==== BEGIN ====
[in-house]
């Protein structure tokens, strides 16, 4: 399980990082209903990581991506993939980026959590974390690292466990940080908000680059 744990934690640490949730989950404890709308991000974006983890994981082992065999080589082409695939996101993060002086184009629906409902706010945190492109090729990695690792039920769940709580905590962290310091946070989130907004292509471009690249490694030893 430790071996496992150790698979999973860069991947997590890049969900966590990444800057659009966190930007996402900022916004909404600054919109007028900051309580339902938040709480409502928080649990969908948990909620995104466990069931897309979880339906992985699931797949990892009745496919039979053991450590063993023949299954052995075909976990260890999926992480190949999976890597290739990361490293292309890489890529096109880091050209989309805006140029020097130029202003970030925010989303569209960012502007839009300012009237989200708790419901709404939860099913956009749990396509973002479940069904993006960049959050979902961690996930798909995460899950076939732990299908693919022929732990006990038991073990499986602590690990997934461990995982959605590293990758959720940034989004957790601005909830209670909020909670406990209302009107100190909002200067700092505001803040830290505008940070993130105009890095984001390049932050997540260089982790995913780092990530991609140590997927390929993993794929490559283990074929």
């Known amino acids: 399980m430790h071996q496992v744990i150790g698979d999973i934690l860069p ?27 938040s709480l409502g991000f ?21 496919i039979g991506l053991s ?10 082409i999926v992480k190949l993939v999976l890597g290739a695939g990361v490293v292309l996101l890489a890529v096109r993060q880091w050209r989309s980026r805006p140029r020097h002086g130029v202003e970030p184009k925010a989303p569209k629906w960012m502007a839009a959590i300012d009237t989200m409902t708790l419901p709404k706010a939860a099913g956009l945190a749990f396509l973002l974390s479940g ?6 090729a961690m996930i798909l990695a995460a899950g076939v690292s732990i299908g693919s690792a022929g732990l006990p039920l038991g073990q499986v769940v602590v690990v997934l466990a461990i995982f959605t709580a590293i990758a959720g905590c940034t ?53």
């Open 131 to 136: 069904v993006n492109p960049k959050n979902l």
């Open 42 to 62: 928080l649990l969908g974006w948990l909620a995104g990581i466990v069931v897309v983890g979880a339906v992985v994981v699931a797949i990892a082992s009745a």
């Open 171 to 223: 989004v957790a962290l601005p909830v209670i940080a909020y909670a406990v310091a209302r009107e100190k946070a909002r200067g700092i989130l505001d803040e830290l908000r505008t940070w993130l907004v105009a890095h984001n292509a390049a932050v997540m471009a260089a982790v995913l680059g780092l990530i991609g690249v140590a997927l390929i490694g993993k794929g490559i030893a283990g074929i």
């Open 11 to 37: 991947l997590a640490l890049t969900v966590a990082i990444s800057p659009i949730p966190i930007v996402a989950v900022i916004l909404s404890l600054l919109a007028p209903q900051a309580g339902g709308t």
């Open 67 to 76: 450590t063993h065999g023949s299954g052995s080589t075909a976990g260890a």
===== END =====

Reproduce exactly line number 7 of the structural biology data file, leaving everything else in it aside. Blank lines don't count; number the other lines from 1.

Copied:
């Open 11 to 37: 991947l997590a640490l890049t969900v966590a990082i990444s800057p659009i949730p966190i930007v996402a989950v900022i916004l909404s404890l600054l919109a007028p209903q900051a309580g339902g709308t």